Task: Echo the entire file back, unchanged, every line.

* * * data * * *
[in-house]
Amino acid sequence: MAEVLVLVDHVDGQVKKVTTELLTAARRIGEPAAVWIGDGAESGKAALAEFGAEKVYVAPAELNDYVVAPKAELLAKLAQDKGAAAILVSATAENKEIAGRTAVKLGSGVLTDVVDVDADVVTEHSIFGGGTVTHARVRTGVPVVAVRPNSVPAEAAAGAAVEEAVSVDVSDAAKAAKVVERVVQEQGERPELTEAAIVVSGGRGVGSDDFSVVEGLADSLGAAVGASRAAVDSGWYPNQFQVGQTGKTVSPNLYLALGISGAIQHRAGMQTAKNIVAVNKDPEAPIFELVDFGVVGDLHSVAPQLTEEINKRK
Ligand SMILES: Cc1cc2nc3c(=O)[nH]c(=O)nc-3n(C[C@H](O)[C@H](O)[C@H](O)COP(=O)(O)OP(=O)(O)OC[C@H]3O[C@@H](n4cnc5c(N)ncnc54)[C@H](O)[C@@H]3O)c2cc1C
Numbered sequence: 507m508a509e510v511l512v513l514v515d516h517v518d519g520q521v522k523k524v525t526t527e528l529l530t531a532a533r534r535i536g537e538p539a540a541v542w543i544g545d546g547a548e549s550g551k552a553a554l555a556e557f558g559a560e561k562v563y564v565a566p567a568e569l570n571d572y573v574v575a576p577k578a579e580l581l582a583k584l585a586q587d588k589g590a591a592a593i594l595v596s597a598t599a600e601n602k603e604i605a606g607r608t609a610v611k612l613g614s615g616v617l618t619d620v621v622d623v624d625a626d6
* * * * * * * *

[in-house]
Amino acid sequence: MAEVLVLVDHVDGQVKKVTTELLTAARRIGEPAAVWIGDGAESGKAALAEFGAEKVYVAPAELNDYVVAPKAELLAKLAQDKGAAAILVSATAENKEIAGRTAVKLGSGVLTDVVDVDADVVTEHSIFGGGTVTHARVRTGVPVVAVRPNSVPAEAAAGAAVEEAVSVDVSDAAKAAKVVERVVQEQGERPELTEAAIVVSGGRGVGSDDFSVVEGLADSLGAAVGASRAAVDSGWYPNQFQVGQTGKTVSPNLYLALGISGAIQHRAGMQTAKNIVAVNKDPEAPIFELVDFGVVGDLHSVAPQLTEEINKRK
Ligand SMILES: Cc1cc2nc3c(=O)[nH]c(=O)nc-3n(C[C@H](O)[C@H](O)[C@H](O)COP(=O)(O)OP(=O)(O)OC[C@H]3O[C@@H](n4cnc5c(N)ncnc54)[C@H](O)[C@@H]3O)c2cc1C
Numbered sequence: 507m508a509e510v511l512v513l514v515d516h517v518d519g520q521v522k523k524v525t526t527e528l529l530t531a532a533r534r535i536g537e538p539a540a541v542w543i544g545d546g547a548e549s550g551k552a553a554l555a556e557f558g559a560e561k562v563y564v565a566p567a568e569l570n571d572y573v574v575a576p577k578a579e580l581l582a583k584l585a586q587d588k589g590a591a592a593i594l595v596s597a598t599a600e601n602k603e604i605a606g607r608t609a610v611k612l613g614s615g616v617l618t619d620v621v622d623v624d625a626d6